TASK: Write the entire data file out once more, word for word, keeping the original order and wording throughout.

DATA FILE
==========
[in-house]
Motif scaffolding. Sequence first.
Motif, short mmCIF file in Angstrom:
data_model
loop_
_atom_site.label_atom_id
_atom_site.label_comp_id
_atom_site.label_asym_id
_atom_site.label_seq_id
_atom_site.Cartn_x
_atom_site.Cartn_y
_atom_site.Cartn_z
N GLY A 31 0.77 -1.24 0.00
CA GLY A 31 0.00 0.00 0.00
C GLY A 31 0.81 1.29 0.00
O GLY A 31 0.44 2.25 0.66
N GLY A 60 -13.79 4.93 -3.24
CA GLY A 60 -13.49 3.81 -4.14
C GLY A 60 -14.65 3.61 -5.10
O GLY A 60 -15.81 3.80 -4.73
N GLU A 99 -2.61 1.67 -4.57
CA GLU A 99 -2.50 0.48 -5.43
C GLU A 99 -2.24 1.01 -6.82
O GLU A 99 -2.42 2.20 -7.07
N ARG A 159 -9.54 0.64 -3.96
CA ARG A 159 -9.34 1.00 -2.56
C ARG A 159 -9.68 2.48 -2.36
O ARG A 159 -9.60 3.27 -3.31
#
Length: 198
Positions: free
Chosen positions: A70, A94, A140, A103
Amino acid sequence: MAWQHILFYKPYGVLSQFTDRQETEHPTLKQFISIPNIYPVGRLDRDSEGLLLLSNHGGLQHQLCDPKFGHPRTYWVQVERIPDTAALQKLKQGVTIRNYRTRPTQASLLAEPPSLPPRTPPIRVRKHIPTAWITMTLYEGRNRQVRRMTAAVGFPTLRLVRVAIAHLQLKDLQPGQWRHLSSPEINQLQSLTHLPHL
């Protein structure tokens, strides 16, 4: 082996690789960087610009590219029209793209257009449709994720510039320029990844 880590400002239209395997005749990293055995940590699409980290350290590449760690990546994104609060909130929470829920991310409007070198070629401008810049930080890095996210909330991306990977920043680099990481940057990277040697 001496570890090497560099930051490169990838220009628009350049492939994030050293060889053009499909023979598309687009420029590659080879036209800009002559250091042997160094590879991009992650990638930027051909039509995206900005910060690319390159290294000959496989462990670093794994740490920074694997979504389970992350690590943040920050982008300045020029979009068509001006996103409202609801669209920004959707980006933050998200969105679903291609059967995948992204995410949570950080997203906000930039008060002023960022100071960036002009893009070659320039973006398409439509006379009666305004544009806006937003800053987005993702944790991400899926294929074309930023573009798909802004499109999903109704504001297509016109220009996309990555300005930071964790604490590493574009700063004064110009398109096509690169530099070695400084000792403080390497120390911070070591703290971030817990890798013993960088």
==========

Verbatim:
[in-house]
Motif scaffolding. Sequence first.
Motif, short mmCIF file in Angstrom:
data_model
loop_
_atom_site.label_atom_id
_atom_site.label_comp_id
_atom_site.label_asym_id
_atom_site.label_seq_id
_atom_site.Cartn_x
_atom_site.Cartn_y
_atom_site.Cartn_z
N GLY A 31 0.77 -1.24 0.00
CA GLY A 31 0.00 0.00 0.00
C GLY A 31 0.81 1.29 0.00
O GLY A 31 0.44 2.25 0.66
N GLY A 60 -13.79 4.93 -3.24
CA GLY A 60 -13.49 3.81 -4.14
C GLY A 60 -14.65 3.61 -5.10
O GLY A 60 -15.81 3.80 -4.73
N GLU A 99 -2.61 1.67 -4.57
CA GLU A 99 -2.50 0.48 -5.43
C GLU A 99 -2.24 1.01 -6.82
O GLU A 99 -2.42 2.20 -7.07
N ARG A 159 -9.54 0.64 -3.96
CA ARG A 159 -9.34 1.00 -2.56
C ARG A 159 -9.68 2.48 -2.36
O ARG A 159 -9.60 3.27 -3.31
#
Length: 198
Positions: free
Chosen positions: A70, A94, A140, A103
Amino acid sequence: MAWQHILFYKPYGVLSQFTDRQETEHPTLKQFISIPNIYPVGRLDRDSEGLLLLSNHGGLQHQLCDPKFGHPRTYWVQVERIPDTAALQKLKQGVTIRNYRTRPTQASLLAEPPSLPPRTPPIRVRKHIPTAWITMTLYEGRNRQVRRMTAAVGFPTLRLVRVAIAHLQLKDLQPGQWRHLSSPEINQLQSLTHLPHL
């Protein structure tokens, strides 16, 4: 082996690789960087610009590219029209793209257009449709994720510039320029990844 880590400002239209395997005749990293055995940590699409980290350290590449760690990546994104609060909130929470829920991310409007070198070629401008810049930080890095996210909330991306990977920043680099990481940057990277040697 001496570890090497560099930051490169990838220009628009350049492939994030050293060889053009499909023979598309687009420029590659080879036209800009002559250091042997160094590879991009992650990638930027051909039509995206900005910060690319390159290294000959496989462990670093794994740490920074694997979504389970992350690590943040920050982008300045020029979009068509001006996103409202609801669209920004959707980006933050998200969105679903291609059967995948992204995410949570950080997203906000930039008060002023960022100071960036002009893009070659320039973006398409439509006379009666305004544009806006937003800053987005993702944790991400899926294929074309930023573009798909802004499109999903109704504001297509016109220009996309990555300005930071964790604490590493574009700063004064110009398109096509690169530099070695400084000792403080390497120390911070070591703290971030817990890798013993960088």